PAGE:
APMF Thu 22-Nov-12 11:53:22

You are right. We are on different versions of MN smile

There has been no recent tutoring bun fights. Feel free to start up a thread. Sit back, have a cuppa and then tell me that the views that I've summarised don't exist on MN.

rabbitstew Thu 22-Nov-12 13:59:55

I agree with CecilyP - parents who deny it completely are often viewing "tutoring" as only one type of thing... Like the problems I always had understanding the supposed milestones for child development and when to worry about your child's development... so far as I was concerned, my children couldn't really "talk" until rather late, but other mothers had FAR lower standards of comprehensibility grin. People often think they disagree profoundly on something when it turns out they just interpret the words they are using differently...

stickygotstuck Thu 22-Nov-12 18:05:52

rabbitstew: people often think they disagree profoundly on something when it turns out they just interpret the words they are using differently...

So true!

Xenia, I think that's exactly it - it boils down to hypocrisy, if you'd pardon my interpretation. Many people say they don't try hard but they do.

So here I am with my DD's school's dilemma. Not a pushy parent, relatively aspirational, dosn't know people in high places and am quite picky in my interactions with people. There is no hope, is there?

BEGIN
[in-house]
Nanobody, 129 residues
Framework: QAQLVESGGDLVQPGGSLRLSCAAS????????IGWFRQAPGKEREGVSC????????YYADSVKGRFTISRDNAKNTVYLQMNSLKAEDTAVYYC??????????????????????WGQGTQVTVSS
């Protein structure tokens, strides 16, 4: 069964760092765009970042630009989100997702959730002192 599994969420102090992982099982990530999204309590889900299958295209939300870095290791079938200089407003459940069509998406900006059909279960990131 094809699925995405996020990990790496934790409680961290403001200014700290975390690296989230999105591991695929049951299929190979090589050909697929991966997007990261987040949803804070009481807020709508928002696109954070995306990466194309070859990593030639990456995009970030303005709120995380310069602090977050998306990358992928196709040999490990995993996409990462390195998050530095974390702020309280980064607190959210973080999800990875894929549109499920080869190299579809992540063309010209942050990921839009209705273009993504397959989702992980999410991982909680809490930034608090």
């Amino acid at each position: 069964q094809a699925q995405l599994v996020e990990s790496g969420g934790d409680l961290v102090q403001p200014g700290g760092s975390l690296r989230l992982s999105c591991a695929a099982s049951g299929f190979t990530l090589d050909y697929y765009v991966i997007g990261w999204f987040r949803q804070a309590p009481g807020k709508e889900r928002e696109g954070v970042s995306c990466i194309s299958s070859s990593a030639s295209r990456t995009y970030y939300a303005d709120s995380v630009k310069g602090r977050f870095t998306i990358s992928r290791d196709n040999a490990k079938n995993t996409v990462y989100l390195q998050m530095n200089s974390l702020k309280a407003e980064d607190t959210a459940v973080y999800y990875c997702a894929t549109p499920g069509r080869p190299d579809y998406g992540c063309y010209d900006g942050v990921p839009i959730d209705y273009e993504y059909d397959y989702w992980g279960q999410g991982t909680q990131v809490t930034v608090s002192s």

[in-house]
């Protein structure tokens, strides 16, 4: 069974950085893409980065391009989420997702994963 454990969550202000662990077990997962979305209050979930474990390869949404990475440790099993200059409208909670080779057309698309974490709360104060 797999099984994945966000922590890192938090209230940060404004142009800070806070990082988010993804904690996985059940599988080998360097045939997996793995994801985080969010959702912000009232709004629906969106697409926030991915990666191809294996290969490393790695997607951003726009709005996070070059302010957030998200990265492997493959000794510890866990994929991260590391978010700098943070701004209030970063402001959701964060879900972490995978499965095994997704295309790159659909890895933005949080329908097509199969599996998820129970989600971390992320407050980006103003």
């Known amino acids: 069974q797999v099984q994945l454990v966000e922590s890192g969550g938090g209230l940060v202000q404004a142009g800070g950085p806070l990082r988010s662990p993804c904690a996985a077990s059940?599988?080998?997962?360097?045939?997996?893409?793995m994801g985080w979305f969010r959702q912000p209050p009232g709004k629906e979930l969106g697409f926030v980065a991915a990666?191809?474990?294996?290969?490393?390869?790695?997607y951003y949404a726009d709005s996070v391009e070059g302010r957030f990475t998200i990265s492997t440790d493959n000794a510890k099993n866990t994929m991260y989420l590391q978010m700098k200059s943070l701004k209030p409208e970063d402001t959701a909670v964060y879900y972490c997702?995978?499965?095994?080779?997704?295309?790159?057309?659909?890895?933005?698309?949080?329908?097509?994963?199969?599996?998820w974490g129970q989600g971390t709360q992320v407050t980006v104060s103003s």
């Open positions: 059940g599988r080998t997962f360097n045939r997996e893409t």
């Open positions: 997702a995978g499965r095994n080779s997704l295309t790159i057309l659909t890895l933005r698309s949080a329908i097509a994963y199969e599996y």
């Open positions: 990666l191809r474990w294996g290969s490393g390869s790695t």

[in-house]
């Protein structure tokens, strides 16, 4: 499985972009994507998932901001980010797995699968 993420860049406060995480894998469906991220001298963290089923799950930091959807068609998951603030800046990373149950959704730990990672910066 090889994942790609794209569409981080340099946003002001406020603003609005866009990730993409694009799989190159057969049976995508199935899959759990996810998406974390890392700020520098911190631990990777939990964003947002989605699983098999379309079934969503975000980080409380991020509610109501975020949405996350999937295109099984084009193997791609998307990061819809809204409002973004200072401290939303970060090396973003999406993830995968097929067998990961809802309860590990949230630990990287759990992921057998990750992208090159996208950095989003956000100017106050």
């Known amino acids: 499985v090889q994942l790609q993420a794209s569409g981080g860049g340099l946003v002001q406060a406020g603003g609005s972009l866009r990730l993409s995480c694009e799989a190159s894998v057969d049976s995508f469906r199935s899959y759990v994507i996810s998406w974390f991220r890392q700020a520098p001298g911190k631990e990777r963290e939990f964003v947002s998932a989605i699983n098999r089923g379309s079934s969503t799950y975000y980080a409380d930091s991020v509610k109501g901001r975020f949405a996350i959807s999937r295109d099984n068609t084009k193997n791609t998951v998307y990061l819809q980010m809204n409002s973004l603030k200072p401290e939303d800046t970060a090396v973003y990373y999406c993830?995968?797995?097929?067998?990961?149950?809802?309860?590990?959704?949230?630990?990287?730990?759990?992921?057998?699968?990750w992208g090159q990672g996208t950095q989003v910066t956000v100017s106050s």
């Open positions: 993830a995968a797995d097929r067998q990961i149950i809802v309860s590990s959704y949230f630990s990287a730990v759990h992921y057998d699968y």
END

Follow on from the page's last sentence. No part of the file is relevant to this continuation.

Xenia Thu 22-Nov-12 18:19:20

There is loads of hope.
If you cannot get a job which will pay school fees pick the best of the two schools and work from there.
If she talks with a rough accent get her elocution lessons. If when she's 16 she doesn't know what to wear for interviews at particular potential employers/internships help her. There is a code she may not learn at some schools b ut might pick up from some families or even by herself if she's perceptive which may help her in due course.

Do lots at home. See what private school parents do - eg 2 music instruments practise each day take exams etc etc

stickygotstuck Thu 22-Nov-12 22:04:03

xenia that's exactly the difficulty - the 'rougher' school is the slightly better school, both for results and installations.
All schools here are smaller than average, with fewer children with special needs, and fewer free school meals. And yet, when I mention I rather like the 'poor' school I am met with disbelief - from people whose kids go elsewhere.